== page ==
Let me tell you a story.
Once upon a time (October 2017), I was volunteering at the intermediate school for our Junior Naturalist After-School program. We all went outside and the kids got to run around and explore the school yard around the classroom we met in. One of the kids dug around in a peppervine bush a bit, and called our attention to these things:
Look at them, aren’t they perfect???
But what are they? all eyes turn to me Uhhhh well they’re caterpillars! But what do they turn into? Uhhhh probably a moth??? They don’t really care, they’re outside running around having fun (and staring at caterpillars go nuts on this peppervine bush I mean seriously guys). Meanwhile, I pull out the iNaturalist app, it tells me it’s probably the Grapeleaf Skeletonizer moth, and I tell the kids and show them a picture of the adult moth and they LOSE THEIR MINDS because check it out:
Yes, friends, that is A MOTH. And the caterpillars look like fuzzy stripey sluggy things.
Except… Time passed. The horde of caterpillars disappears (though somehow the peppervine didn’t). Spring comes. And the last day of our program (March 2018), the side of our classroom is covered in moths. But… they’re not covered in Grapeleaf Skeletonizer moths. The moth in the photo above is a Grapeleaf Skeletonizer (Harrisina americana). Our moths looked like:
There is a closely related moth to the Grapeleaf Skeletonizer that doesn’t have the little red scarf. It’s called Harrisina coracina. That’s right, it’s one of the bugs that doesn’t even get a common name. Interesting! I went to the internet, and looked up the caterpillars of this moth to see if they were maybe lookalikes with the Grapeleaf Skeletonizer. And! There were no photos of the caterpillars anywhere. It was enough to make me think that yes, in fact, they must be lookalikes.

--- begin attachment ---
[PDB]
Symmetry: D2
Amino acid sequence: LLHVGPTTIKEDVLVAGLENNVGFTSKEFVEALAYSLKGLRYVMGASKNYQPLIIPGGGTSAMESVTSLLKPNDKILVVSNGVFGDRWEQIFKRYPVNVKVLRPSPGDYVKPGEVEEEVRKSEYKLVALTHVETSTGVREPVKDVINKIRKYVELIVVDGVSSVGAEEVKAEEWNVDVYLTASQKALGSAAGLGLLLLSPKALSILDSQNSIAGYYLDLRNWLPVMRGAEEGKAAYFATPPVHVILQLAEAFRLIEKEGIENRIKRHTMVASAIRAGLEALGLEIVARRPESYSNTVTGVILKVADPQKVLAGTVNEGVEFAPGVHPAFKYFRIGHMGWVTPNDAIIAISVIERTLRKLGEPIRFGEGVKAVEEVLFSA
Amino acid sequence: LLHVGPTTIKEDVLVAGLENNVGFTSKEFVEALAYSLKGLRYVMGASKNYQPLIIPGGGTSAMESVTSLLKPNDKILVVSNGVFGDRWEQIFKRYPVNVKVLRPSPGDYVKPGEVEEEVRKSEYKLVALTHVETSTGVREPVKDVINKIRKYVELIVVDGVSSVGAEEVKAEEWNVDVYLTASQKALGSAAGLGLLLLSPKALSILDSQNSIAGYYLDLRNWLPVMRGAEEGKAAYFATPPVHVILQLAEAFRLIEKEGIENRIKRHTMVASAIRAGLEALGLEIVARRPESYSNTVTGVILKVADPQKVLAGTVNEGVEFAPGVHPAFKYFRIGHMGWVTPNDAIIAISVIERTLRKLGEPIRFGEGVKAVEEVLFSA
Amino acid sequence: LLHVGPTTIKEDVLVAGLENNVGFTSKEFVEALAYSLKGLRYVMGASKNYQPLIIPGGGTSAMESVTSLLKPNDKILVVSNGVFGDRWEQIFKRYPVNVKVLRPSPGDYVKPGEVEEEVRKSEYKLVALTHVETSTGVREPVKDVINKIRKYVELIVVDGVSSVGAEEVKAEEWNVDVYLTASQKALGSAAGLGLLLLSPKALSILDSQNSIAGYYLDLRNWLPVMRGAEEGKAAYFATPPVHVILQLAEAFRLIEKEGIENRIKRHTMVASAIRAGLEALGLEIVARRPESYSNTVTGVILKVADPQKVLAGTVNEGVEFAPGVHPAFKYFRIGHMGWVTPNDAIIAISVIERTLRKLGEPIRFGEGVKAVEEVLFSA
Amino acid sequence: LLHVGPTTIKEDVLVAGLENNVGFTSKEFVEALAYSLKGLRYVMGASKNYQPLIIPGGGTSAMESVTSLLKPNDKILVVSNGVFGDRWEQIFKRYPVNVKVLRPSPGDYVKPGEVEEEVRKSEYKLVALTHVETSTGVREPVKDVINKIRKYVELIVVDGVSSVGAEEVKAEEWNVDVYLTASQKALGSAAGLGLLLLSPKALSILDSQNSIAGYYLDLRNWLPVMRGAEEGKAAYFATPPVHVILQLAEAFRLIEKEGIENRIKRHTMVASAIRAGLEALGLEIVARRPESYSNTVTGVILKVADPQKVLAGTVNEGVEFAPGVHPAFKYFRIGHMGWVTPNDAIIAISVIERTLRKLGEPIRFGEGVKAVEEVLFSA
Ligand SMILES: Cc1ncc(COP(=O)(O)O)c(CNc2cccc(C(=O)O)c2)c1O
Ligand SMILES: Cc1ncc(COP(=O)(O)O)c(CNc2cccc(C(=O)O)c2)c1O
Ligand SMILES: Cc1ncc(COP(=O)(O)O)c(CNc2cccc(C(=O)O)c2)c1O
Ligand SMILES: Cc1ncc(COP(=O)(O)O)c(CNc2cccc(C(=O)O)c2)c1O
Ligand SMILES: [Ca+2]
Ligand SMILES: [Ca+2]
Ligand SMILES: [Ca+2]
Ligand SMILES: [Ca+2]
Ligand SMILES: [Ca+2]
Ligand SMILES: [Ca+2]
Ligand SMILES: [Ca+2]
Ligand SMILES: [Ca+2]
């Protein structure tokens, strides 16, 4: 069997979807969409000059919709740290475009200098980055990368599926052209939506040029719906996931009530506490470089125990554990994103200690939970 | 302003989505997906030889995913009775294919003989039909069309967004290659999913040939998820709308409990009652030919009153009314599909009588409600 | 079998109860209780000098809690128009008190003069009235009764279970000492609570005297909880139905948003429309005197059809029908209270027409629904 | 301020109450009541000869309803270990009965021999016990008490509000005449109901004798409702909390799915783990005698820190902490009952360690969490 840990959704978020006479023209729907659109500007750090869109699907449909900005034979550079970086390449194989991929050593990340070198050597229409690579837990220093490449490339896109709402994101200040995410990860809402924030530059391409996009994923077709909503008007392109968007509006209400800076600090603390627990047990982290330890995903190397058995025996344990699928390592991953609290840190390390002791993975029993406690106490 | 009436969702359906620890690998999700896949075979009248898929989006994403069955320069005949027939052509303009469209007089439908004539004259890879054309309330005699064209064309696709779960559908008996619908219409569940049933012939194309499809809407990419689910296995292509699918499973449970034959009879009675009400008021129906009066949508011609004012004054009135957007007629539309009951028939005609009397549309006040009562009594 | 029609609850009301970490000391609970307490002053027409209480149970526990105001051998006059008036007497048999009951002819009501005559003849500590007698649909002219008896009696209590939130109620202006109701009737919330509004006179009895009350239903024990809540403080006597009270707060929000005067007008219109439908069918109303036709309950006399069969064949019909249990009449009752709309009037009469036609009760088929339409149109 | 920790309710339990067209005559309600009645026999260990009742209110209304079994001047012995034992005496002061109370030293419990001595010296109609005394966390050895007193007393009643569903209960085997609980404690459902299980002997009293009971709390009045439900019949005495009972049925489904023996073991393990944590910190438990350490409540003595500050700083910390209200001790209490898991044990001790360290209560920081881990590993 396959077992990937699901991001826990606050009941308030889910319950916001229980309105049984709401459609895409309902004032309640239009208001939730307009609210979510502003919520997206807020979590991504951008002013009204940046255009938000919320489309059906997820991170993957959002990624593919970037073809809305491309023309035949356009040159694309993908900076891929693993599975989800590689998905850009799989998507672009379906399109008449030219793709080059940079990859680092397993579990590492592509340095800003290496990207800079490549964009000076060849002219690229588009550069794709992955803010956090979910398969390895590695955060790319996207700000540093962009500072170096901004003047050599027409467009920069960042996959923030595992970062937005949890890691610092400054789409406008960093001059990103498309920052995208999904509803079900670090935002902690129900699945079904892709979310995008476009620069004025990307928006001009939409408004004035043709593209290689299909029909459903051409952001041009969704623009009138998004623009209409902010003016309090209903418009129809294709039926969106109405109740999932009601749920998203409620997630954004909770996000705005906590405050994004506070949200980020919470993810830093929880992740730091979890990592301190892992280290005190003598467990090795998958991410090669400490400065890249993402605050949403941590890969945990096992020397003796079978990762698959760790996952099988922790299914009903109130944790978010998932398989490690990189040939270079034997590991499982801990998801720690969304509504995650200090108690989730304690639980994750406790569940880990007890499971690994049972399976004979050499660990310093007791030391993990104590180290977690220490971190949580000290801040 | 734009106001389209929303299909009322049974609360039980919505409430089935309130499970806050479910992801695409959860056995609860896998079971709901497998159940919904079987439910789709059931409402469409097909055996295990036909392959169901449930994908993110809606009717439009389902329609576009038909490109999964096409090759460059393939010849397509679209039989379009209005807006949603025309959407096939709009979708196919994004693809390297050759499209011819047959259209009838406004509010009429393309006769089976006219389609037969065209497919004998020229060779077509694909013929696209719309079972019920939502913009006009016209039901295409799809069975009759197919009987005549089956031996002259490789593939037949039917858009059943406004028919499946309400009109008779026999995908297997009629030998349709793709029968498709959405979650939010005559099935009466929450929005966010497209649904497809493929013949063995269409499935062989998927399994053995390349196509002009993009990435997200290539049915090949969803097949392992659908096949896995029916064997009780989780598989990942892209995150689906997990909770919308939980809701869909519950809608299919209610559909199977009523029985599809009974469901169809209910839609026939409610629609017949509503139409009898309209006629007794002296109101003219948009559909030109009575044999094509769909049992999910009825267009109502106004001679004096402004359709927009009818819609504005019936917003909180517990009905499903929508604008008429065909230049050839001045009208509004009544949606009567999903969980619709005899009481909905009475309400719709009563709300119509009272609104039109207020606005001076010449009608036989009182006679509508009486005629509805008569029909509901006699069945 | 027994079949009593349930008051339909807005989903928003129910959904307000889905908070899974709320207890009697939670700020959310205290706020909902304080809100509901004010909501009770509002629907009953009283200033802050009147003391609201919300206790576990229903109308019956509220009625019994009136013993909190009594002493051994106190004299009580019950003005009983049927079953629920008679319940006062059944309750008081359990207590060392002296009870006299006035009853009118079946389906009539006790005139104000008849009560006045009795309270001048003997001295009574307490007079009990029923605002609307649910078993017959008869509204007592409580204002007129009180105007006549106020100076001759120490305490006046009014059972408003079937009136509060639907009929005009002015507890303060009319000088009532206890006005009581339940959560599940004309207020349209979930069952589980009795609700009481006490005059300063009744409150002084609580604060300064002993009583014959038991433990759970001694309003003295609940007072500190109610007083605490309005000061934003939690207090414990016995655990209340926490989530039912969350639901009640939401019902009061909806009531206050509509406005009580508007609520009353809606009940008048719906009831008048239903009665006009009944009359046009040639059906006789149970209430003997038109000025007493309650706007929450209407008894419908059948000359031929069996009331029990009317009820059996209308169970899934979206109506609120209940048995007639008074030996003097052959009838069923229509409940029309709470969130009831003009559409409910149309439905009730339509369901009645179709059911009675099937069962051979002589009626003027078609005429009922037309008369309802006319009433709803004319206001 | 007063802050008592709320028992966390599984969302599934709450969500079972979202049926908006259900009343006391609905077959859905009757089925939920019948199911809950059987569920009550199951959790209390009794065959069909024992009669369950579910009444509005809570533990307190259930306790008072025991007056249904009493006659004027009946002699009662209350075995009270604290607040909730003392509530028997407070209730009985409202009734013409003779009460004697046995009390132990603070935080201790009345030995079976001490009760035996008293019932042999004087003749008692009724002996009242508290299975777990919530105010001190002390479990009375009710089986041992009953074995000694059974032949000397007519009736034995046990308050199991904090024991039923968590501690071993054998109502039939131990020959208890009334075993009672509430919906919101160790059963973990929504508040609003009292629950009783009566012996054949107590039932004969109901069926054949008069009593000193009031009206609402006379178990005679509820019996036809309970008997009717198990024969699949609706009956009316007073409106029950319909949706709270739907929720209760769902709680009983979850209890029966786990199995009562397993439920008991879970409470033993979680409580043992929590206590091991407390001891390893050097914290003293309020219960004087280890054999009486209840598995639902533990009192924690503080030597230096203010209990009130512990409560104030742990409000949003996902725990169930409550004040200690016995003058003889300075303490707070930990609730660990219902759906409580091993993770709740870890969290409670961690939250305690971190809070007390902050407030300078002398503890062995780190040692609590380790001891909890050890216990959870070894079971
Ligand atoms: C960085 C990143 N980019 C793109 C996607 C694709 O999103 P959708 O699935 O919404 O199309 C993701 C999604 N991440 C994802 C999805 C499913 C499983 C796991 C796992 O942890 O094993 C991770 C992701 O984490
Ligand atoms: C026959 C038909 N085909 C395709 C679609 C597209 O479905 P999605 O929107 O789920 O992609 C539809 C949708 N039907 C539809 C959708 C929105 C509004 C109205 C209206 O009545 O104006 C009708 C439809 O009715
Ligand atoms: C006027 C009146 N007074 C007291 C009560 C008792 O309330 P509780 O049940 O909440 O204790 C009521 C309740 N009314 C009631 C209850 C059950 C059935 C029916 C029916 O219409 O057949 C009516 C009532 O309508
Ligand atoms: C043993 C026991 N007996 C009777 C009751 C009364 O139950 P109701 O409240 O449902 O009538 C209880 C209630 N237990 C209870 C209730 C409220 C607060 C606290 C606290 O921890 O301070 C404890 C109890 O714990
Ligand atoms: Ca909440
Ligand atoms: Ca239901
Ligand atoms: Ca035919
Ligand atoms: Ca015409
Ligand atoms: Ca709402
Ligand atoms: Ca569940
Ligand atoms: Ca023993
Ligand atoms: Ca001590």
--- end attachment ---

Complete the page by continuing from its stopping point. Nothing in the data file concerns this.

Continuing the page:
Blast forward a few months to the summer (July 2018). I am dealing with VINE SPHINX MOTH DRAMA. They are eating possum grape like NO TOMORROW. I have to CLIMB A LADDER INTO A TREE AT 2 AM TO GET GRAPE VINES FOR THEM TO EAT. It’s a situation. I managed to find some small vines in the back corners of my yard, and I trimmed a bit of it off. And guess who was there?
Well, hey there, strangers! I know EXACTLY who y’all are, and y’all ain’t skeletonizing those grapeleaves! And better yet, I’ve documented two hostplants, when bugguide’s best guess is “I think grape leaves?” [link]
Of course I raised them.
So precious, so sweet. “LOOK MA, I’M PUPATING!”
And in August, guess who flew out? Of course it was H. coracina.
Because I have been so stressed out/busy/all of the above, I’m just now finishing up my August uploads to iNat. So I only uploaded the adult photo in the last day or so.
In many cases, there are really only two reasons insects are studied: money (hobbies) and money (agriculture). The first reason is why you can find basically anything you could ever want to know about the life cycles of the big flashy moths and butterflies, and the second reason is why we know the basics about moths that can cause huge devastating damage to plants and crops. But oh boy there are a lot of moths out there and there just isn’t enough time and money to study them all. So there are some gaps, even for species that can have notable effects on crops (I mean, these things can destroy grapevines, don’t get me wrong).
So when I started posting the caterpillars and claiming that they were a species that has a gap in the scientific literature based on rearing the adult, one person bookmarked my iNat observation of my cutie little possum vine eating fuzzbutts after asking me how I knew the species. And when I finally posted the adult photo, this guy was very excited and needs to double check with the guy who wrote the caterpillar ID book, but essentially asked me to rear them again, going for complete life cycle (with eggs), and sending him the adults so he can confirm for 100% sure that my species ID is correct, and he’ll co-author the paper with me.
I looked him up, guy is legit [link to his California Dept of Food & Agriculture bio page]
So uh, yeah. Unemployment looming, but I have three talks, an outreach event, research for a legit entomology paper (?!), and I’m planning to start a non-profit (for reals). At least I won’t be bored?
Will post about the public talks + outreach event separately, but if you’re in Austin, TX, come to the Texas Memorial Museum on UT Campus Saturday January 26!! Free Admission for Texas Wildlife Day! Me and a bunch of nerds will have fun activities relating to wildlife!
January 2, 2019